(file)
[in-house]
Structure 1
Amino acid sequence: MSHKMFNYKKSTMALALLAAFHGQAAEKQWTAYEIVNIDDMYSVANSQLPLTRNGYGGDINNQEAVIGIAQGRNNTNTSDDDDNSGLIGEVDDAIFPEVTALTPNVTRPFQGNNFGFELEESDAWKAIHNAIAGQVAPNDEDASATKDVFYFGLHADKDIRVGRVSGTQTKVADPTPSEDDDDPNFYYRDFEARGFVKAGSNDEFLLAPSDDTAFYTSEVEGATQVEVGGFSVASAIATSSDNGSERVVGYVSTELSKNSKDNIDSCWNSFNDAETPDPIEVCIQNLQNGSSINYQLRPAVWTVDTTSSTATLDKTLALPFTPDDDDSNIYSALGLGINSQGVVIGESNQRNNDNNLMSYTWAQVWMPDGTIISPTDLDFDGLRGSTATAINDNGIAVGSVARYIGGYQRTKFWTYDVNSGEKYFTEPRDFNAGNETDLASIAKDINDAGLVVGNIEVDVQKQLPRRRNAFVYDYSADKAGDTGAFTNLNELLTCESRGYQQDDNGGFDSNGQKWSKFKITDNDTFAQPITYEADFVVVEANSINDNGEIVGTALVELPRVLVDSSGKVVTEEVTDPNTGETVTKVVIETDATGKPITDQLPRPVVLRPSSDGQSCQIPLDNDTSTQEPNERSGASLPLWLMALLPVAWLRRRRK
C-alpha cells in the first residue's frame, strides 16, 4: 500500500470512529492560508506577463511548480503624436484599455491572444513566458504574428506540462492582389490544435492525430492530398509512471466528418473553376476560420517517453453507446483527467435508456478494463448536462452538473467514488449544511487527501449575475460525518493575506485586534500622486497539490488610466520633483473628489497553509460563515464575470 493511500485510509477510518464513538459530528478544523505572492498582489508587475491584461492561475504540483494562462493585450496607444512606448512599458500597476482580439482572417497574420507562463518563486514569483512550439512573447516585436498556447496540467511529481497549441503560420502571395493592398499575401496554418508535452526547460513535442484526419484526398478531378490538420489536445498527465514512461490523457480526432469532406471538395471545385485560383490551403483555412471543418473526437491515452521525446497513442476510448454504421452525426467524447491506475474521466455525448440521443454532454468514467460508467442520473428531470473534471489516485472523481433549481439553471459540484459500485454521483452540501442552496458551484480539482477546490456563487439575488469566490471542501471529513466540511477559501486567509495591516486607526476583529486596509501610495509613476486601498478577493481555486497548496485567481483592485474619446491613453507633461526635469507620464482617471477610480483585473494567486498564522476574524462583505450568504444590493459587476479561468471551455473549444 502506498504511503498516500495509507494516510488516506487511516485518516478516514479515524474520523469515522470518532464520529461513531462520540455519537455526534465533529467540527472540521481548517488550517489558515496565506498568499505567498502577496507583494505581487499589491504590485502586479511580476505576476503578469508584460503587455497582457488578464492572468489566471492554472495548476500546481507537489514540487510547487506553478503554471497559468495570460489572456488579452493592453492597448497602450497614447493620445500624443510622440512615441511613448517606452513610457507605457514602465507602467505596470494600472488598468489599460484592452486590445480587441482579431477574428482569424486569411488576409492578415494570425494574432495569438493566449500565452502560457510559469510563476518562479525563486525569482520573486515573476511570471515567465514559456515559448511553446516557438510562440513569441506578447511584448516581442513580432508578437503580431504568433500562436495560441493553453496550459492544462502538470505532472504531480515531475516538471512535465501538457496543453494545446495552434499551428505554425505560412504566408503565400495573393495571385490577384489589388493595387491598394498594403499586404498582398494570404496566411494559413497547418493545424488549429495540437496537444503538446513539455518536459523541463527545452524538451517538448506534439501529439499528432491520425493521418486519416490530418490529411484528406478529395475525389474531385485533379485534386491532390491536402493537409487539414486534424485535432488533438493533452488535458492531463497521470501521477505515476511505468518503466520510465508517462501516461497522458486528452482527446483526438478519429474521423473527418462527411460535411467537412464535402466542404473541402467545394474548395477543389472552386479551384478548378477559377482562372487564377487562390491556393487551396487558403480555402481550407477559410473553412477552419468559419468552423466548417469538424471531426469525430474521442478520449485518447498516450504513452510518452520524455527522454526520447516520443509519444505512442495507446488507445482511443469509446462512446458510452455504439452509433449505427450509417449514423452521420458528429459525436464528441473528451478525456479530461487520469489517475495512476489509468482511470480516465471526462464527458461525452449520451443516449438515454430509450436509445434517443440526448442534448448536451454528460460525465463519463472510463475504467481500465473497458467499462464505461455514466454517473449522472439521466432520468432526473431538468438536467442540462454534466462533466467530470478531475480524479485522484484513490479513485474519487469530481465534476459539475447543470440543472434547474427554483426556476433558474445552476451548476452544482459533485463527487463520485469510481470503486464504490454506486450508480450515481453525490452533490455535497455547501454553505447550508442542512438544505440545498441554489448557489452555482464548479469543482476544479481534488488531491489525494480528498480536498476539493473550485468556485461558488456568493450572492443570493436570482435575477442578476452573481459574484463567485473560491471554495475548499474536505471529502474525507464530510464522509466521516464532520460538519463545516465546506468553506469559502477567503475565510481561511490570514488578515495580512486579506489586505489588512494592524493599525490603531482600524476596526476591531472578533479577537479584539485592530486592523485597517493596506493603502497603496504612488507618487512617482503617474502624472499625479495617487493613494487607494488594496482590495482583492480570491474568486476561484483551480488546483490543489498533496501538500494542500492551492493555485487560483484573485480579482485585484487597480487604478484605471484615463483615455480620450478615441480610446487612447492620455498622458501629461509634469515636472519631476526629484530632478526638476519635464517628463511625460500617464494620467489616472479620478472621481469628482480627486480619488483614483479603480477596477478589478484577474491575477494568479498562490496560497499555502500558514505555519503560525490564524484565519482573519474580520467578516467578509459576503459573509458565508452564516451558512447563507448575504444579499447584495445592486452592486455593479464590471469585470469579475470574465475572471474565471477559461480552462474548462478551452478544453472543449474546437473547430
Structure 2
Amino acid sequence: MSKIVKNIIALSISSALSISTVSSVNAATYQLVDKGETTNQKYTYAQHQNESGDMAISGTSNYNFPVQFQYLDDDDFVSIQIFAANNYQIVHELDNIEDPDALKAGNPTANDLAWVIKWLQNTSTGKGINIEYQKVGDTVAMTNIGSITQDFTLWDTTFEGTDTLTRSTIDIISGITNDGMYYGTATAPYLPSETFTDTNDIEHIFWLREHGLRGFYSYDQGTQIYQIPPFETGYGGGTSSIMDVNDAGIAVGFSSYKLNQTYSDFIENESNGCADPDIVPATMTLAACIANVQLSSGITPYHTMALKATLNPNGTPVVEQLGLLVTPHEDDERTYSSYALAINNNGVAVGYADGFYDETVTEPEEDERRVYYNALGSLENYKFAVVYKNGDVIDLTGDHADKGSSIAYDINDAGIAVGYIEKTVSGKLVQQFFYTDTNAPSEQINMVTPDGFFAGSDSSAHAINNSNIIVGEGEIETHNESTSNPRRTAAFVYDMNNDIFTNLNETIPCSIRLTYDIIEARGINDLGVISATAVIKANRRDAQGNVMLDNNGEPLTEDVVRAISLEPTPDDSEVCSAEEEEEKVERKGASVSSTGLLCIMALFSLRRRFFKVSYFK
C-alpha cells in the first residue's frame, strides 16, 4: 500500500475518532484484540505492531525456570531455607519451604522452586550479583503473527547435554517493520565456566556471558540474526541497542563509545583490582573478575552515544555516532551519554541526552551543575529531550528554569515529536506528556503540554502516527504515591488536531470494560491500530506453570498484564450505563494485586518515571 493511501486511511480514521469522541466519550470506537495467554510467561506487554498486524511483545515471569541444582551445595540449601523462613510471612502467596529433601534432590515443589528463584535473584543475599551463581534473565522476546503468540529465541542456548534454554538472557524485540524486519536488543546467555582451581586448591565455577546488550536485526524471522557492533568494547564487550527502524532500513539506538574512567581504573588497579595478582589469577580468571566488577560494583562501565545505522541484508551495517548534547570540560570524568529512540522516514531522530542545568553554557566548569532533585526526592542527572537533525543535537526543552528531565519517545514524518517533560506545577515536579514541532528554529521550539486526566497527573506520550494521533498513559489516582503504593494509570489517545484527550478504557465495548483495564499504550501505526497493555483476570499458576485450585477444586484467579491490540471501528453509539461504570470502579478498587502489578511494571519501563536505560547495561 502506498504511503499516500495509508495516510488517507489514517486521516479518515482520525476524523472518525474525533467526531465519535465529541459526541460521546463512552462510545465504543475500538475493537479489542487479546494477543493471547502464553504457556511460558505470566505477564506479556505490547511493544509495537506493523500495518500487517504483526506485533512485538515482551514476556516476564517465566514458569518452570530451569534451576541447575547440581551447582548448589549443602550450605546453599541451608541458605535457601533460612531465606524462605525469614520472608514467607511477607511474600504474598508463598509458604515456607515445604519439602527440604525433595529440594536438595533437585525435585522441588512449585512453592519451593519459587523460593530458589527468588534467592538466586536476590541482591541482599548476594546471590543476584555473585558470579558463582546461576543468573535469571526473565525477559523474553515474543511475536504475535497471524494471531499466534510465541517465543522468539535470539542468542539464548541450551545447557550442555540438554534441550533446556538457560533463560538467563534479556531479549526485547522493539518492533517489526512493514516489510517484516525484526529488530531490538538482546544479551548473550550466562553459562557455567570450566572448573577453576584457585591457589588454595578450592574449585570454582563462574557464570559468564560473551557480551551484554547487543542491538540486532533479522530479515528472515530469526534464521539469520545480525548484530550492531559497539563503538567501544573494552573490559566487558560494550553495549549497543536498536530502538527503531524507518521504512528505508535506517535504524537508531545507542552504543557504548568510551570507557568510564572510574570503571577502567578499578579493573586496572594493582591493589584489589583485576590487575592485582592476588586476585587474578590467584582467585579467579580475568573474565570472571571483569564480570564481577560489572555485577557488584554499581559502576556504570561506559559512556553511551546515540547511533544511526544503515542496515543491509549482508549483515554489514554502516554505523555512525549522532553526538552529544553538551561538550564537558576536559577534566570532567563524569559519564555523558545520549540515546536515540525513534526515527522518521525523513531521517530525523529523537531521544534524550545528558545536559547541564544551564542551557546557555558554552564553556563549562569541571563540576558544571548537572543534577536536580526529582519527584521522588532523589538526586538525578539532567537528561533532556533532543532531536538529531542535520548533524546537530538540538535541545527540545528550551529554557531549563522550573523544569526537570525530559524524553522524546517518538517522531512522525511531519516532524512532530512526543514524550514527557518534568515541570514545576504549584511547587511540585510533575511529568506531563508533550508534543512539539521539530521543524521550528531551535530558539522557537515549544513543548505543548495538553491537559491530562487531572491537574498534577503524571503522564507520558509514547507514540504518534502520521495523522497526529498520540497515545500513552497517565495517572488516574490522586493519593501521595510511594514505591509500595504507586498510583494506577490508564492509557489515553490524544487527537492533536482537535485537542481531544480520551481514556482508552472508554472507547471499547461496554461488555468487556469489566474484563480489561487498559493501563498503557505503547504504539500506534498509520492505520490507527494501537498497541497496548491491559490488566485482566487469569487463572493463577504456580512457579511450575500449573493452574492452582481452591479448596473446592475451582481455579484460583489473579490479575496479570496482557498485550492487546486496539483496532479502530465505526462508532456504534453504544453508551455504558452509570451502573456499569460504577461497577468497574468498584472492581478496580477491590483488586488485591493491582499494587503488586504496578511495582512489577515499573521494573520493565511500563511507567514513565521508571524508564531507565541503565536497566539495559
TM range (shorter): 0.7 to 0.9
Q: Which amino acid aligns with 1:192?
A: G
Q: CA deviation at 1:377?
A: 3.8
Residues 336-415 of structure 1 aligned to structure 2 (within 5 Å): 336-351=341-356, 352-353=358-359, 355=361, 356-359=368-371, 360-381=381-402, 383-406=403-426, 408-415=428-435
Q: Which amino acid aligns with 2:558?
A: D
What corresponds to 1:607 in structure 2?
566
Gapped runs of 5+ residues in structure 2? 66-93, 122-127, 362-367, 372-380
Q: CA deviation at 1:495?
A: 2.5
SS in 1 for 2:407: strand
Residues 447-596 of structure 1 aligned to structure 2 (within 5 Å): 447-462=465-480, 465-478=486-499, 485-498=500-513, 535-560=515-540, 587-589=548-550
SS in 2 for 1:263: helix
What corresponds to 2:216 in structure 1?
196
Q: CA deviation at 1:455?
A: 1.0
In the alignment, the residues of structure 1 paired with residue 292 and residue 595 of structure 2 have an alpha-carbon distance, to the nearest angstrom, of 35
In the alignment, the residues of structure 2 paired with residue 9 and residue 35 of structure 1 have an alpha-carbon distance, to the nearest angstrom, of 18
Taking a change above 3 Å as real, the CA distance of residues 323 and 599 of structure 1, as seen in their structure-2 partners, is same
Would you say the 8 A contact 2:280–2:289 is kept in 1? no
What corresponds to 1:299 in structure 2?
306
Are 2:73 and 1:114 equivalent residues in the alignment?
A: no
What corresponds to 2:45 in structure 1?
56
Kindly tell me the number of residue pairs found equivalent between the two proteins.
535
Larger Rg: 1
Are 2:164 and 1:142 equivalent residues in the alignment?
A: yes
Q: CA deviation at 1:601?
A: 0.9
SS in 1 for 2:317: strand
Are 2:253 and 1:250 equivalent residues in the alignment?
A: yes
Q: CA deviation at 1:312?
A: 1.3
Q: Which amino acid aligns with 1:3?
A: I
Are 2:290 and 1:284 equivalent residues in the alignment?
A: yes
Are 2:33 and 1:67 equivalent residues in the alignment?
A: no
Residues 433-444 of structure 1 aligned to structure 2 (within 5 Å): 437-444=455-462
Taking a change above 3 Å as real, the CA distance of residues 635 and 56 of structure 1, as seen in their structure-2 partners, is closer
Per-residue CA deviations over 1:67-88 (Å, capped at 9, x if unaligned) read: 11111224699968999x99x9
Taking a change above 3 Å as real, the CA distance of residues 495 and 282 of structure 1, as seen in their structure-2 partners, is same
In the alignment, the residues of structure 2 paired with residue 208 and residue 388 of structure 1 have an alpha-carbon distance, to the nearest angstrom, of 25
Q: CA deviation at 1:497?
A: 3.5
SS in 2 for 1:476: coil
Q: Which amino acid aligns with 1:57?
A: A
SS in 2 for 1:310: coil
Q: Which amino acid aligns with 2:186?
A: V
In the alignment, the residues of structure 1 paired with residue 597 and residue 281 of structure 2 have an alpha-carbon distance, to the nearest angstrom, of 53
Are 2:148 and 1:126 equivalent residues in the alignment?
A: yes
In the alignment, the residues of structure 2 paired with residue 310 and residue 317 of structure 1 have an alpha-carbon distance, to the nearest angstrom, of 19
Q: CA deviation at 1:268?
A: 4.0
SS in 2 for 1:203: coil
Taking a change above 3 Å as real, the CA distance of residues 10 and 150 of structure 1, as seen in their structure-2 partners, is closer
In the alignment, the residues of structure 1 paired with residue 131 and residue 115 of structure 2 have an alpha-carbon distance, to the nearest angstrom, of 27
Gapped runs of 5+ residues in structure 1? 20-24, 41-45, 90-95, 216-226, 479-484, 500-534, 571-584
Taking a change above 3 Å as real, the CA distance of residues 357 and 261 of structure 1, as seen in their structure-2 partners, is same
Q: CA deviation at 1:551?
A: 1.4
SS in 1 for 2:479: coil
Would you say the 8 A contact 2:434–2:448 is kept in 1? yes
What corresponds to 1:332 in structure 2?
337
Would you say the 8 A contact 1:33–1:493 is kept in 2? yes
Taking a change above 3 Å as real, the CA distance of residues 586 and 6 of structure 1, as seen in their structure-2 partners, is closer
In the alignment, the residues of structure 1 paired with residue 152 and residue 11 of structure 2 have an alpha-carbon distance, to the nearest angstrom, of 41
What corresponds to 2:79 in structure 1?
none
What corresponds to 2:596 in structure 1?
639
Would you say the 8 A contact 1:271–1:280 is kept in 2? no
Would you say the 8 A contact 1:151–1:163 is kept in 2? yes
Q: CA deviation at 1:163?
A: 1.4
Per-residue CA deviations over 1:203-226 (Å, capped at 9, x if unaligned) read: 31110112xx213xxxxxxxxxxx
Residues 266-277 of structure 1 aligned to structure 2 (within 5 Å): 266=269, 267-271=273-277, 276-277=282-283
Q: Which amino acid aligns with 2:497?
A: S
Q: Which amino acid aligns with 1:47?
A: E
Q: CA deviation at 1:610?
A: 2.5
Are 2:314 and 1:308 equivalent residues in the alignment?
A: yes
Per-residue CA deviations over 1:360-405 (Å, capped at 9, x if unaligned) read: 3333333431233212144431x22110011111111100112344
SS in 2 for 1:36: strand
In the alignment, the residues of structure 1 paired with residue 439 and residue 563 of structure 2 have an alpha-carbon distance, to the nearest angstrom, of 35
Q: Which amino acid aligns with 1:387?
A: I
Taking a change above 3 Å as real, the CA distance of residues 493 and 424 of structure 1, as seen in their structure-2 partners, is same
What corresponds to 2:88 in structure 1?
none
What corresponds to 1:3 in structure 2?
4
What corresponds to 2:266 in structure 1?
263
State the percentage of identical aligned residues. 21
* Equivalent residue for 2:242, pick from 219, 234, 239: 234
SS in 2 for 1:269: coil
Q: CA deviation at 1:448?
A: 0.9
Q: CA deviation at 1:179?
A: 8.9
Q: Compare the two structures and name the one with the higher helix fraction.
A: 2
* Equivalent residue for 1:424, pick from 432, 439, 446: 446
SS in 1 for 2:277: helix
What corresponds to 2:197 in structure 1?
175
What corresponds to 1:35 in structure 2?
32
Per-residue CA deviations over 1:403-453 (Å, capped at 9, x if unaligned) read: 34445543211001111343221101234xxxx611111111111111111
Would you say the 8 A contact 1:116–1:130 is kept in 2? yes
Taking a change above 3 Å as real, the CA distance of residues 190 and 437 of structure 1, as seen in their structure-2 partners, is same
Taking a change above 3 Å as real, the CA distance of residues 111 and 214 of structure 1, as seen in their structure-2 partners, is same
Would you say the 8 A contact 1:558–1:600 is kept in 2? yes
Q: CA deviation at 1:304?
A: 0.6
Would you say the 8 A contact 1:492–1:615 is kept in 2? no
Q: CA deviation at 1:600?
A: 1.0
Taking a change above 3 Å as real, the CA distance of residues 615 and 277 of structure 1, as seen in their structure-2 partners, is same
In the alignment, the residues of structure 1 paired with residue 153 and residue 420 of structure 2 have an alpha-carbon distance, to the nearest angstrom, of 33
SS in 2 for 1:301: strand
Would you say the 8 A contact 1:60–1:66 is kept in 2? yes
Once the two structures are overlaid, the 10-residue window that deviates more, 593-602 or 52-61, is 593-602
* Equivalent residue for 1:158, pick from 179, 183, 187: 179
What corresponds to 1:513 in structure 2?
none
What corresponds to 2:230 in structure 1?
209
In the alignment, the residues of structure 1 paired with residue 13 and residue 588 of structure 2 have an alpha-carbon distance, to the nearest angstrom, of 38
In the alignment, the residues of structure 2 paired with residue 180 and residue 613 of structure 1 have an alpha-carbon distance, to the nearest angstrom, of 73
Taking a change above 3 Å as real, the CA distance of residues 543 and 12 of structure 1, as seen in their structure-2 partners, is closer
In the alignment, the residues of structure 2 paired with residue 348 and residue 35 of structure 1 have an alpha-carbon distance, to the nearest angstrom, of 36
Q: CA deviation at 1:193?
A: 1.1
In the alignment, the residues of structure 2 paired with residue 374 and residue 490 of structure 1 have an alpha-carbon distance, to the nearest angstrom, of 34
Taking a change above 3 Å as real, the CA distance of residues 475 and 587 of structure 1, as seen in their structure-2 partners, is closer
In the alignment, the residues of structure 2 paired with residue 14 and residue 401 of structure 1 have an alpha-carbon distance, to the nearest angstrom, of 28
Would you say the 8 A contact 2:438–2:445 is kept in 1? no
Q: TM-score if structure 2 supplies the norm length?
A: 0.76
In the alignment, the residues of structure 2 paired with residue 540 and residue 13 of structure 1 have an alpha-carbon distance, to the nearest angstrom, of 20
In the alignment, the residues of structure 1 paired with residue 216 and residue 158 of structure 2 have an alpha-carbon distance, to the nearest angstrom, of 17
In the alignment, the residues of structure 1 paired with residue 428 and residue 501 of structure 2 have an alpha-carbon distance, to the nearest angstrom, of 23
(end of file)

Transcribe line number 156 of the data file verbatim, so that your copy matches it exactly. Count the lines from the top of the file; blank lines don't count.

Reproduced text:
Taking a change above 3 Å as real, the CA distance of residues 543 and 12 of structure 1, as seen in their structure-2 partners, is closer